Welcome to Lee’s gardening advice for February 2021 written by local resident and keen gardener, Lee Stevenson (aka An English Gardener in Çalış).

Featured photograph: Strawberries growing in Ovacık by Nicola Chapman (April 2020).

Strawberry Fields Forever

Most of us who have lived in the UK, associate strawberries with English summer or Wimbledon, but there are several varieties that fruit at different times of the year, especially in the warm climate of Turkey.

If you’re looking for a variety that fruits in the cooler months as well as the summer months, choose plants at the markets that are already with flowers – or look like they are about to produce flowers.

There are a wide variety of shapes and sizes of strawberries – even white ones – pineberries/alpine strawberries, also known as Fraises Des Bois, regarded by many as wild strawberries. White strawberries have a slight pineapple taste (hence their name) with a punchy flavour. They are easy-going plants that do well in some shade. They are a smaller variety and don’t produce as much fruit as other varieties, which is why they’re not very often sold commercially.

Strawberry plants (if well looked after) will produce runners (long stems) with baby strawberry plants attached with a small root base – a bit like spider plants. The easiest way to turn these runners into plants is to weigh them down (hair clips are handy for this but don’t tell the wife) so that the roots touch wet soil, either on the ground or in a small pot if you prefer. Once the baby plant has started to grow more roots, simply cut the runner from the parent plant and hey presto, you have a new plant. Strawberry plants stop producing as many fruits of a decent sized after three to four years and so using the runners for new plants is a great way to keep plants producing without having to buy new ones.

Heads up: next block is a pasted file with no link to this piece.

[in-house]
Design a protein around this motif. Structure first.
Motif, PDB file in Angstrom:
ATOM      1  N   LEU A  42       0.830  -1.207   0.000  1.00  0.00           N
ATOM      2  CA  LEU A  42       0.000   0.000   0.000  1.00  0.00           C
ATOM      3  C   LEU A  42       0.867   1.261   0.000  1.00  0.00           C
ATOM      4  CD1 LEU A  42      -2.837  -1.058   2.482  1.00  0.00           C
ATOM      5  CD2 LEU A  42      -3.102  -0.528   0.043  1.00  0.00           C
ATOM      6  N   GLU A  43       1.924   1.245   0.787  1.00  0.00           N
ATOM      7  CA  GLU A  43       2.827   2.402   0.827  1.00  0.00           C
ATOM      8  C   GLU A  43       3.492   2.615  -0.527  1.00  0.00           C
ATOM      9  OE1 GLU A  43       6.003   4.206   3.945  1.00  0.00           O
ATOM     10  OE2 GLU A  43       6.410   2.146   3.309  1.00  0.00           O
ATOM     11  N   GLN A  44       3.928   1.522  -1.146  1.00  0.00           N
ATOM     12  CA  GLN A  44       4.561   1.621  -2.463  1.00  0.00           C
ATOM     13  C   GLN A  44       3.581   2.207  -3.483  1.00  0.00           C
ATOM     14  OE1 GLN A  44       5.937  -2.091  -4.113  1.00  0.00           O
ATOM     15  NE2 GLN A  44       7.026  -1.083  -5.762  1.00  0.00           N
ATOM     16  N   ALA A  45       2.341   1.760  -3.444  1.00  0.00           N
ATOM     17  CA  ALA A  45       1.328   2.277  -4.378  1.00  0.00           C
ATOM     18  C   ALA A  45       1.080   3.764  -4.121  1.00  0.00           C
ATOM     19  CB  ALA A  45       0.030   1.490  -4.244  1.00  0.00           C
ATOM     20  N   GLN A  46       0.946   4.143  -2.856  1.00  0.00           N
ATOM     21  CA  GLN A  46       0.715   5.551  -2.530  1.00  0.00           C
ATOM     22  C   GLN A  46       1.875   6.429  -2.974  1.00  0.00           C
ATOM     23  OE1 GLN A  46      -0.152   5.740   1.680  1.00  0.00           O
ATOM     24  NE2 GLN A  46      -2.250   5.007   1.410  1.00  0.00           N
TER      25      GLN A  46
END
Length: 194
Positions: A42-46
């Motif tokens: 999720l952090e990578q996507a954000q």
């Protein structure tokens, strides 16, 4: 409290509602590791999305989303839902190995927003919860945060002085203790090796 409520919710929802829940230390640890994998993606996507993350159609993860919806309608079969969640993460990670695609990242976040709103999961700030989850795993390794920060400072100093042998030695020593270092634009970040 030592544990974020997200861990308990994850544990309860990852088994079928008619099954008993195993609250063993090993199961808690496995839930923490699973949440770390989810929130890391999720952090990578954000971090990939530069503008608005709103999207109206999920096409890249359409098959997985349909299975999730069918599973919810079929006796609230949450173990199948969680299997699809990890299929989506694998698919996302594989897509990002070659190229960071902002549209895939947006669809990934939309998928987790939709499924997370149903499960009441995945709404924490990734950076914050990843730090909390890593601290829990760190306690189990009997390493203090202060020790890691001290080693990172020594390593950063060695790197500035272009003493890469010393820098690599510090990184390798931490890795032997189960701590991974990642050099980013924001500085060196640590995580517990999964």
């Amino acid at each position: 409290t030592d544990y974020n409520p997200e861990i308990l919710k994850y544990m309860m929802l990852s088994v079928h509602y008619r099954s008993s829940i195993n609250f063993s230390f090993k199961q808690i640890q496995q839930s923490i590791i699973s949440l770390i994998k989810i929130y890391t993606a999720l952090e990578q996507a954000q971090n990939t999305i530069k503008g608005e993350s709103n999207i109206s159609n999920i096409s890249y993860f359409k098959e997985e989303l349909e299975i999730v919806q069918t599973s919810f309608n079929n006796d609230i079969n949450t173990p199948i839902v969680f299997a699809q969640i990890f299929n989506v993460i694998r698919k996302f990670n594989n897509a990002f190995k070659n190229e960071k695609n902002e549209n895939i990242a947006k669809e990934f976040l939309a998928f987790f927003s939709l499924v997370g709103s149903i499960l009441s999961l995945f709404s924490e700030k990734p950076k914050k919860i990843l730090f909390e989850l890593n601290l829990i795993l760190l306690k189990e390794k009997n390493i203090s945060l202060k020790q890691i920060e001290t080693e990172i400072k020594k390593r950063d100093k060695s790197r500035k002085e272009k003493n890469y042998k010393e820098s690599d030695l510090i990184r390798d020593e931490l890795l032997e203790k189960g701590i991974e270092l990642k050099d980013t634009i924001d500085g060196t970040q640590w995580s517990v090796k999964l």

It’s possible to grow strawberries from the seeds that appear on the outside of the fruits so by all means, give it a try if you’ve tasted a variety you enjoy. Extract the seeds by pressing a soft fruit onto a kitchen towel and dry out.

Once dry, place the kitchen towel with seeds attached onto moist soil and very lightly cover with soil. Place a clear plastic bag over the top to help keep the seeds warm and protected from the elements. When growing strawberries from seed, germination can take anything from one to six weeks so you need to be patient if you’re growing them this way. Pineberries, on the other hand, do not produce runners so the only way to get more plants is to either carefully split large plants or through the seed method.

A good thing about strawberries is that they grow well in pots and can look great in hanging baskets with their fruits hanging down – and they are away from ground pests like slugs and snails.

Red strawberries require a sunny, sheltered spot. A little shade during the day is acceptable, especially in high season. If growing them in the ground, the spot should not have previously been used to grow potatoes, tomatoes or chrysanthemums for several years, unless you have improved or replaced the soil. Also, try to keep any fruit that is on the ground from resting on the soil. A bed of straw or hay is good for this or even a plastic sheet, but preferably not black as this will probably cook the fruit in the sun here.

Good drainage is essential, so if growing in pots, use fertile and loose soil that will drain away excess water. Make sure the roots are not sitting in water. You can feed your plants with any tomato feed as well as considering companion planting.

Companion planting

Lettuce, marigolds, onions, asparagus, sage or spinach will help increase your yield, quality, and health of your strawberry crop.

Plants to not plant near strawberries include mint, okra, roses, chrysanthemums and melons as these can cause verticillium, a disease that is deadly to strawberries.